Spring of Troy Spring
Troy Spring is one of Florida’s 33 first magnitude springs, providing a relaxing swimming hole and vital habitat to visitors and residents of the park alike.
The only known spring in the park, it has a unique profile in an area with abundant spring features. The spring vent discharges an impressive 96 million gallons of water every day, at a consistent 72 degrees. The spring itself is partially fed by the Little River sink stream and Stick Sink, which collect rain and groundwater that feed into the aquifer. The 325-foot spring run meanders to eventually join the much darker and tannic Suwannee River. Prone to flooding, the Suwannee can actually back up into the spring, causing water to pour back into the aquifer. The larger area of the spring has some shallow areas for wading and swimming, but the main vent is approximately 70 feet deep, with unique exposed limestone rock formations.
The spring has long been popular in the area for swimming and diving due to the clarity of the water and large run. Visitors can swim, snorkel, or dive to see the underwater world of the spring, as well as the sunken wreck of the Confederate steam ship Madison. Unlike many other springs in the area, the cave systems at Troy Spring are not extensively mapped or really explored due to unstable limestone caverns that have collapsed in the past, leading to dangerous conditions and sometimes reduced clarity in the water.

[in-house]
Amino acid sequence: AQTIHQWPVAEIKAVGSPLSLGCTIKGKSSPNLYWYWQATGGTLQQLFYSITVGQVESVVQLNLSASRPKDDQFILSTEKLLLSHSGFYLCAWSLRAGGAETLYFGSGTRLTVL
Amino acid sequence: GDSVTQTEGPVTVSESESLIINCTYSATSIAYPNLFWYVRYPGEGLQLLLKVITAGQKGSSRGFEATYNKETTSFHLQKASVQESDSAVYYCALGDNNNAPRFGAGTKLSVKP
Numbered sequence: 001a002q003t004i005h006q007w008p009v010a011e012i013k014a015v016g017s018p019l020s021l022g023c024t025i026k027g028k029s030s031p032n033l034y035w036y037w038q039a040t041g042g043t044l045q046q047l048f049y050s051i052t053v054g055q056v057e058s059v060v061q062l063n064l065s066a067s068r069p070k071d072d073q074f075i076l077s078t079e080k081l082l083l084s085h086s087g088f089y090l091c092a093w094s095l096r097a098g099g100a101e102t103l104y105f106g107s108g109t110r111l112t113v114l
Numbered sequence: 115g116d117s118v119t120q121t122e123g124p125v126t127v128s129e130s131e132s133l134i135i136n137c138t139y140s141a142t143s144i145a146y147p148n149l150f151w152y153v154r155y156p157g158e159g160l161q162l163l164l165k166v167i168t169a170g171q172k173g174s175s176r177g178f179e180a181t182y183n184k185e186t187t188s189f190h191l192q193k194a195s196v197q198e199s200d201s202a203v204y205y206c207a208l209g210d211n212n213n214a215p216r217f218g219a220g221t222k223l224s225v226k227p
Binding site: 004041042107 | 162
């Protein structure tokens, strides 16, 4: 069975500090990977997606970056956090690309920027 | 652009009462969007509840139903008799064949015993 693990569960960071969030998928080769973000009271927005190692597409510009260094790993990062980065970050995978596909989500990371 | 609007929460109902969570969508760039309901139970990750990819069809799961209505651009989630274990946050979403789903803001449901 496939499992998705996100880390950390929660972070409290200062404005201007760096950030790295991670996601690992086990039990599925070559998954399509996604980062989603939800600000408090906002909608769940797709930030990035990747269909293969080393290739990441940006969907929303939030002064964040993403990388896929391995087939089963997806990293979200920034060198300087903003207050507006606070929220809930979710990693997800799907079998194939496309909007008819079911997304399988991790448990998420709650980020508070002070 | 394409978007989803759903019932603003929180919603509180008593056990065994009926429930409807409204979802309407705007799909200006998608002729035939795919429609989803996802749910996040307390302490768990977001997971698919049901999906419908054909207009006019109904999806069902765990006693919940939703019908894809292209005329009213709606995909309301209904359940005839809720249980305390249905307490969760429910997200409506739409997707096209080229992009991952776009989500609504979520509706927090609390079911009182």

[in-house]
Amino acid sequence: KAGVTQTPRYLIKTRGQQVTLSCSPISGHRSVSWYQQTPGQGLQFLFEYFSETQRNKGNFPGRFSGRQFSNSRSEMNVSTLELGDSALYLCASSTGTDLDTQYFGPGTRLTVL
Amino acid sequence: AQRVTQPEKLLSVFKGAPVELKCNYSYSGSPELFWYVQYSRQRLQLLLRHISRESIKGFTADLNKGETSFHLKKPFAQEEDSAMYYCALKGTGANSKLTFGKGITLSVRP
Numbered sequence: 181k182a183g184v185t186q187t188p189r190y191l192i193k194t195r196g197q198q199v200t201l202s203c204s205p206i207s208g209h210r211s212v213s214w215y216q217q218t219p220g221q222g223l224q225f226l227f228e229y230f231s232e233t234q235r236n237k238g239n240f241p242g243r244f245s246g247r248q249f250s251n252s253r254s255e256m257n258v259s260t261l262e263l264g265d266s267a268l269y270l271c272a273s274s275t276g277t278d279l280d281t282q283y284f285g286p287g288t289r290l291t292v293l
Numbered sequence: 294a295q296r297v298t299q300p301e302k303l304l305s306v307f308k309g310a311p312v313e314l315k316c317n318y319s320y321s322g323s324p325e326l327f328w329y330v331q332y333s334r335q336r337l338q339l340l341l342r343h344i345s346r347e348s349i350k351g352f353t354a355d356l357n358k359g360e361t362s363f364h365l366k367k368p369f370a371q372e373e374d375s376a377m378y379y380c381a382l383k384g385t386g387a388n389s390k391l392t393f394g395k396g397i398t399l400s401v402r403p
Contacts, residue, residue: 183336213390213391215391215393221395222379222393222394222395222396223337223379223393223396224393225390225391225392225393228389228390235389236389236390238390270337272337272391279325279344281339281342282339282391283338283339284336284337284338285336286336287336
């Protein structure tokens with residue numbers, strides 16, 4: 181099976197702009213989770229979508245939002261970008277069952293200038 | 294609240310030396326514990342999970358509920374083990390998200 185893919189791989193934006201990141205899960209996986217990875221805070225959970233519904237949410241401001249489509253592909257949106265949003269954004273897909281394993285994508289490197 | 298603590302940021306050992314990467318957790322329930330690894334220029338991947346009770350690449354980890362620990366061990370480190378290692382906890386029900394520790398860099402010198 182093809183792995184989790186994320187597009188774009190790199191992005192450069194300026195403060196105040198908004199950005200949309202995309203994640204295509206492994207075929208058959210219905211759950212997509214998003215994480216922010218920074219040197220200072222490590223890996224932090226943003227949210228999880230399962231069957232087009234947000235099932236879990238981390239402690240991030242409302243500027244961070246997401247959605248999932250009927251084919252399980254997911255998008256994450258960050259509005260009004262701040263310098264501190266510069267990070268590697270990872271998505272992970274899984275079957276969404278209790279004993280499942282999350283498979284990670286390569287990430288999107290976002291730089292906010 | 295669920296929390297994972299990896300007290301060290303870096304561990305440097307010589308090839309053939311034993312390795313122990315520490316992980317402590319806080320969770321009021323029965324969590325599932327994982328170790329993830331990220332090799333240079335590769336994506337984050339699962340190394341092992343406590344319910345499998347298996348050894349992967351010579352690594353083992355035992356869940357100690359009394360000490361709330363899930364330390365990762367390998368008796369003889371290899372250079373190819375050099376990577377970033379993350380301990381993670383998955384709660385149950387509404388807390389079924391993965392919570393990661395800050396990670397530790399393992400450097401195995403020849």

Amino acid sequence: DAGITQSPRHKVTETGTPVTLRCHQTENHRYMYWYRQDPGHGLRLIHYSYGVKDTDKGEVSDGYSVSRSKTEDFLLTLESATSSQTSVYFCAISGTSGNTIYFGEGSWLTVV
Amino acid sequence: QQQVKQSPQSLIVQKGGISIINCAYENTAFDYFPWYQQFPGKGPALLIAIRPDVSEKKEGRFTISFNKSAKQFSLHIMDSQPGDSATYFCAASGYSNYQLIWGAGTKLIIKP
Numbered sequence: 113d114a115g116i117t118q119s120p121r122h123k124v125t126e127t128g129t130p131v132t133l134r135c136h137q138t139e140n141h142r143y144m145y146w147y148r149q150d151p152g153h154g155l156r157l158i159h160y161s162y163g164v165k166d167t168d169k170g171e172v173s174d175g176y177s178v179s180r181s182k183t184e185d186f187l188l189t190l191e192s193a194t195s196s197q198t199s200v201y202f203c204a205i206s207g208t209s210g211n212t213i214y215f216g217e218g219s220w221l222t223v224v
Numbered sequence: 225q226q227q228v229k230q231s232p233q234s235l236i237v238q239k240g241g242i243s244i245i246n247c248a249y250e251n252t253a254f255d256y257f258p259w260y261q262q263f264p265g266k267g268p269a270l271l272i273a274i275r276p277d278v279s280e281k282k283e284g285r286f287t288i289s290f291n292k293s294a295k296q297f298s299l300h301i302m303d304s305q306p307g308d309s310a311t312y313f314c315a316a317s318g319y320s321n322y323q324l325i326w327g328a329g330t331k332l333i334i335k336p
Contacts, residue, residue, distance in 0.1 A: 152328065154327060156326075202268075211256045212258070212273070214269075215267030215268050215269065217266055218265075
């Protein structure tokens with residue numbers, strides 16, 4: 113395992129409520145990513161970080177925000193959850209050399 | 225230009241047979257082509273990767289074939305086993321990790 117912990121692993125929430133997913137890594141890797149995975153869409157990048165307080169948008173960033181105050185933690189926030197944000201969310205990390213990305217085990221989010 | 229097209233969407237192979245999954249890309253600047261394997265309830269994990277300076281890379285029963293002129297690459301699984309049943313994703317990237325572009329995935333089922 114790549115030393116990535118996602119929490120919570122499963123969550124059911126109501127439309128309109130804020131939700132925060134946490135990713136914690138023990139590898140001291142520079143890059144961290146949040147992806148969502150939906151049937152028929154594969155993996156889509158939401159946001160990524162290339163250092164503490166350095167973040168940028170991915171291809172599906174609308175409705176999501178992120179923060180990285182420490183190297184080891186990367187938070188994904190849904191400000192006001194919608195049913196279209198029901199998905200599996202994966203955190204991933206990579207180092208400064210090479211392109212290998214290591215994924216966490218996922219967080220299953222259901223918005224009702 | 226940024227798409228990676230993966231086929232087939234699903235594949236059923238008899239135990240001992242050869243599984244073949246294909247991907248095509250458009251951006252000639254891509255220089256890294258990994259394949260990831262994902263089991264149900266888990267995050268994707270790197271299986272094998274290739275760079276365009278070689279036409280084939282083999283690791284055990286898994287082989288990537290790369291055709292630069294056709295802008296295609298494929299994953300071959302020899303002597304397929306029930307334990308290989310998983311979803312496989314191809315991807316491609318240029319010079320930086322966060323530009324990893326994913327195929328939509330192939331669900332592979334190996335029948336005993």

Wildlife abounds in this spring, including many types of fish like the Suwannee bass and gulf sturgeon, turtles such as the Suwannee river cooter and common snapping turtle, wading birds like the little blue heron, and sensitive cave-dwelling invertebrates including the pallid cave crayfish. This life lives together in relative harmony, and it is illegal to take or disturb any wildlife in the park.
The waters of Troy Spring comprise the lifeblood of this special park, a small but wonderful destination in the center of the Suwannee River watershed. The emerald green water of Troy Spring State Park makes up a vital part of this rare ecosystem, one that is worth protecting.